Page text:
In the southwest, people are moving 30 to 50 miles out in the desert, beyond even electricity.  I designed and installed Solar Electric Power systems for many years, even have a Solar/Wind backup for our ranch.  But satellite is our only option for high speed internet, and the cost is prohibitive.

At one time, you could have both TV and Internet as one package for a total of about $50 a month.  Now you have to have separate packages and two dishes, at double the cost.  We now have to pay $52 a month just for basic (and crappy) TV programming.

As long as this computer holds out, I will continue to contribute in spite of the hassle.  But if I have to reformat it one more time due to the invasive scripting, then it's just not worth the trouble.
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I know what I wrote, I don't need a quote
Rule Number One: It's Our Railroad.  Rule Number Two: Refer to Rule Number One.
Santa Fe buff

N&W


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« Reply #18 on: August 29, 2008, 12:56:32 PM »

YEAH! YES! and everything happy with a Y,
BACHMANN did it! I'm more happier then when I found out how to use the new site! Smiley Smiley Grin Grin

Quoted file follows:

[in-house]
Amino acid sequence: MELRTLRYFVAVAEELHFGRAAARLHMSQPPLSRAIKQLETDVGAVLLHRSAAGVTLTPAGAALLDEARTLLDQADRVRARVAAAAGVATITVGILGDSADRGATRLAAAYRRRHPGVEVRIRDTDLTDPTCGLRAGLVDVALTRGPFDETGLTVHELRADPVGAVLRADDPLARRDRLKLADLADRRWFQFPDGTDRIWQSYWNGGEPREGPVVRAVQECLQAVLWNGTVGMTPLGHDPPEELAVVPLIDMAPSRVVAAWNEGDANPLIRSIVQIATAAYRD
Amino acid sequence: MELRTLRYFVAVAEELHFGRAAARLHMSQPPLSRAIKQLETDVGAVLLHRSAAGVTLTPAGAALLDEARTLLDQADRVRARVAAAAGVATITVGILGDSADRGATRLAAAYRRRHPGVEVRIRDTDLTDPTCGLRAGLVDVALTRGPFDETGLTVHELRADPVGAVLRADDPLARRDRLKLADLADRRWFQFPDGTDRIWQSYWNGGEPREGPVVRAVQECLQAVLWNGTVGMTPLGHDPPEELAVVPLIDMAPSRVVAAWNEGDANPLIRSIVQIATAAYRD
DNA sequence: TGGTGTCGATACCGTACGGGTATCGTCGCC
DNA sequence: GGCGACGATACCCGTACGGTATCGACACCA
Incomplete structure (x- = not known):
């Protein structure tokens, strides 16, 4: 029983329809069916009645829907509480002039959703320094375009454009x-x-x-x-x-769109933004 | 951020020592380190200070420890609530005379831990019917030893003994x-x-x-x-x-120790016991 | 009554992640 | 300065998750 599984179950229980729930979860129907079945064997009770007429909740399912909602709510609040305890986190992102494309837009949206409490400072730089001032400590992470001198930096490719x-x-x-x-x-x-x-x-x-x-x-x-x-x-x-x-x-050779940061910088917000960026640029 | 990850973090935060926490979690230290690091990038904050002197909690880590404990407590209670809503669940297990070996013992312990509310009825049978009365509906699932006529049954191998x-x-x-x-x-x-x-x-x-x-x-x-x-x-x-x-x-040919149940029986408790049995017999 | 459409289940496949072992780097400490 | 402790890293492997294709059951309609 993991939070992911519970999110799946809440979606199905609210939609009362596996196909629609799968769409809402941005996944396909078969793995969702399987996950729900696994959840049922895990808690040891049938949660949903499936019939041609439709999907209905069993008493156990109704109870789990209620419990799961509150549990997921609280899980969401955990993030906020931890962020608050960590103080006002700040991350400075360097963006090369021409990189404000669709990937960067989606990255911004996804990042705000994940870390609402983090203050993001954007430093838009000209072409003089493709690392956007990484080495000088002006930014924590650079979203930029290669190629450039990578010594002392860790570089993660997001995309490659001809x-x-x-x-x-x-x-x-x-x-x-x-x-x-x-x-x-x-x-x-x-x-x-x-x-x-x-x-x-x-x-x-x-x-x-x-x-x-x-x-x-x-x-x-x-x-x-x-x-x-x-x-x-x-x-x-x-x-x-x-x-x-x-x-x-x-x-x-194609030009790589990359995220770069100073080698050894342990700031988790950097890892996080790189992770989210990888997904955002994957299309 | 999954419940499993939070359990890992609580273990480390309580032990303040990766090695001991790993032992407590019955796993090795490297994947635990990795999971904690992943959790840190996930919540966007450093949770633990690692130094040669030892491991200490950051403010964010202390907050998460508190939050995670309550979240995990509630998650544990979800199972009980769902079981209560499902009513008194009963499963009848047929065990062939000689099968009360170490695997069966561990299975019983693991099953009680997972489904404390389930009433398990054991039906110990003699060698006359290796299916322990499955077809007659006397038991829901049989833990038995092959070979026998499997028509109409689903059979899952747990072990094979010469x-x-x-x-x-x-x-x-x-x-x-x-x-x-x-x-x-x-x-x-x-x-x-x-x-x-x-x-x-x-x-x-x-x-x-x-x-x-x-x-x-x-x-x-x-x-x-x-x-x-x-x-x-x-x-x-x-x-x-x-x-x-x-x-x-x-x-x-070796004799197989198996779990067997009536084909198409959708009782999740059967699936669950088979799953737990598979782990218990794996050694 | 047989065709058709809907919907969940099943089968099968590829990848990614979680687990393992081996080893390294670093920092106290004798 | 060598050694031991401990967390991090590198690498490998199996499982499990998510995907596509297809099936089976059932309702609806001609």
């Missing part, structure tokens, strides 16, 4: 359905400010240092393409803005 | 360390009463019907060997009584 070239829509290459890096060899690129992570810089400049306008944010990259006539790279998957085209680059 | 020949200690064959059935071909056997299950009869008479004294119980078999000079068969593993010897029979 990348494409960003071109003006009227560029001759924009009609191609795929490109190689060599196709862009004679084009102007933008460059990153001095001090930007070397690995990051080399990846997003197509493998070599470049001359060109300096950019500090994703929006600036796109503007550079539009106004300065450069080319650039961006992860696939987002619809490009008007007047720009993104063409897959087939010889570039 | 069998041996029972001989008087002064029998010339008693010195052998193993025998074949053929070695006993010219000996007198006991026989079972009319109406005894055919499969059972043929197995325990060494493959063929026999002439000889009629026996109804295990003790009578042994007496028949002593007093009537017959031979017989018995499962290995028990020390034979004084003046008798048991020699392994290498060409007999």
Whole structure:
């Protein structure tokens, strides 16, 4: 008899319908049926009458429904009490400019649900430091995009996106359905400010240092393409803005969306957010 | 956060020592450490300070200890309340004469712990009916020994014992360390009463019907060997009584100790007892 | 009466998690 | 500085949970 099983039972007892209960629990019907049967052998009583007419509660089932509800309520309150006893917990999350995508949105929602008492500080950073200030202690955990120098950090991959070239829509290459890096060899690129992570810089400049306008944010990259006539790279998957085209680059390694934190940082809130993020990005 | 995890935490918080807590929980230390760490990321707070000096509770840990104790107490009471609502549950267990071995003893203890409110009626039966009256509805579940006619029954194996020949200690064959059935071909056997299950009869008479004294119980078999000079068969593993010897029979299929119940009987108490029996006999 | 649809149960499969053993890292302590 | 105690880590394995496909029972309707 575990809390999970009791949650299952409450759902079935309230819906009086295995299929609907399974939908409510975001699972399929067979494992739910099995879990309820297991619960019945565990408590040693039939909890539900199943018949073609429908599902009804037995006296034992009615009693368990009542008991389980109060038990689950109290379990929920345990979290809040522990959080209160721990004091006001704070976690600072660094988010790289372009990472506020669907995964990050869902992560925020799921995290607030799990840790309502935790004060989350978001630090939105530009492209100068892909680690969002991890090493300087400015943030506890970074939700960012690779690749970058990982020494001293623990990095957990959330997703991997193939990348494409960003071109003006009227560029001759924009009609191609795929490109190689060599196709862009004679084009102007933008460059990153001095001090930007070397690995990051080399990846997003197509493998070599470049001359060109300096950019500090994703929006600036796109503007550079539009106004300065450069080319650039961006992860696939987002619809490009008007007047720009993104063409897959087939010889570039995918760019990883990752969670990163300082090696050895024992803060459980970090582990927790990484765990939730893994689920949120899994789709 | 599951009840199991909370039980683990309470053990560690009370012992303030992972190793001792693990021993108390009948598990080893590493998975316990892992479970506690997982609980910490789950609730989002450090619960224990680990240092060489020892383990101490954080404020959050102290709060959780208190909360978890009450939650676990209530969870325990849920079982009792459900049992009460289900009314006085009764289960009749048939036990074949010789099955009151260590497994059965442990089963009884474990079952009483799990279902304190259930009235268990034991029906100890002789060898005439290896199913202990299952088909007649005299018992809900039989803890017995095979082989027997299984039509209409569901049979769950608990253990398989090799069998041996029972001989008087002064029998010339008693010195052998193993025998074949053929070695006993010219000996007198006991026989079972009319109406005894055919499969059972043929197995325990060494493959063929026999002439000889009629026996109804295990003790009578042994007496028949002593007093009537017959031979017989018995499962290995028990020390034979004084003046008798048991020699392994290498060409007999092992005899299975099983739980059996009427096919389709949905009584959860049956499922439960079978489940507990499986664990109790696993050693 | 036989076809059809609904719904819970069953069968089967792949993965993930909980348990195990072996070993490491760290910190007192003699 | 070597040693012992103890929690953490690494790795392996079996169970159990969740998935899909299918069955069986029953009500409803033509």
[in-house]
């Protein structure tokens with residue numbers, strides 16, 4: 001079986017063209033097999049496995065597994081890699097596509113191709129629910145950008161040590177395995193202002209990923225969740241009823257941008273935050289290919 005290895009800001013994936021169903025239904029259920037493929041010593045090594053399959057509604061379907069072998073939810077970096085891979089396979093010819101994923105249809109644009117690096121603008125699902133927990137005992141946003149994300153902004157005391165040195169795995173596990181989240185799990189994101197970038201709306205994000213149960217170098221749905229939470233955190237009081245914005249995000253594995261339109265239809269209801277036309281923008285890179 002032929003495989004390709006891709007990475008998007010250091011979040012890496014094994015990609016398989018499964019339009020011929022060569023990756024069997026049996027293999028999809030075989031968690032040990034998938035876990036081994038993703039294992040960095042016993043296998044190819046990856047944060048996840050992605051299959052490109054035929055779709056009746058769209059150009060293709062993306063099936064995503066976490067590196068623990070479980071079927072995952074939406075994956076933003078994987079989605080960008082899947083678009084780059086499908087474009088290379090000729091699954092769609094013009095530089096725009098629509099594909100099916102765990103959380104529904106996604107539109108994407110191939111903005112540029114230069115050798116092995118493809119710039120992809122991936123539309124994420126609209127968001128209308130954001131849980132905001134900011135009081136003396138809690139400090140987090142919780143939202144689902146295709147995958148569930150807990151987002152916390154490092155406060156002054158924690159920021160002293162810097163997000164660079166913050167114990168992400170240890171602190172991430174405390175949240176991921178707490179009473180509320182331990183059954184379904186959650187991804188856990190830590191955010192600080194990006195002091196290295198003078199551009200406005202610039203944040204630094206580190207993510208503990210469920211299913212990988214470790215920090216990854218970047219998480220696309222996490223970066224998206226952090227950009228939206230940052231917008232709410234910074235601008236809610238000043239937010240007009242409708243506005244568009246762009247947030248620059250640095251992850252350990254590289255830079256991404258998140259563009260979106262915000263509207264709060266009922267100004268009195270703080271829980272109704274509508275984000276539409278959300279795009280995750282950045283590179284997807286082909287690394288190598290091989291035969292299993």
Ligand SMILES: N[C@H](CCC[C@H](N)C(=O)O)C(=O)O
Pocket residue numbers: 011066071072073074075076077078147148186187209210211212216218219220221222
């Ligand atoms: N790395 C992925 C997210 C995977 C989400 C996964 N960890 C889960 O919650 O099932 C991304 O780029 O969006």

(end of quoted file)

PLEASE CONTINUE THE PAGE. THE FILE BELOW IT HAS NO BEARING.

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- Joshua Bauer
NelsOn-30

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« Reply #19 on: August 29, 2008, 01:19:10 PM »

Originally the telephone network was designed for and required to handle the major range of voice frequencies. (60-10K)

With the birth of the internet the telephone network became the main means of connecting by having a modem and dialing into a modem at the telephone exchange. The modems convert data (Digital) to analogue (voice range) and back again. This system functions wherever adequate voice communication is available.

The dialup connection is limited to a speed of 56K and has been superseded by DSL, Cable, and satellite higher speed (larger bandwidth) and more expensive connections.

DSL operates by extending the bandwidth (Frequency range) within the telephone distribution network. This creates a limitation in that the availability of this service is limited to a short distance from the telephone exchange due to signal loss. (3 miles /5 km typical) I lose 6% of my DSL speed as I am near the distance limit as the cable runs.

The availability of a cable TV connection is required for this option.

Satellite internet is the only available high speed option where cable and DSL is unavailable. My understanding of satellite internet operation is that it is only high speed down (incoming) and the up (outgoing) data utilizes dial up. This busies out the phone line and depending on the satellite providers modem location long distance charges can apply.

I agree with Yampa Bob as to the need in web site design to have all sites dial up friendly. This can be done by providing user ability to temporarily exclude high data enhancements thereby expediting the downloading.  These enhancements include animation, high resolution photos and graphics, and sound. This should be done in a manner that does not restrict the availability of the full content to those that can utilize this information.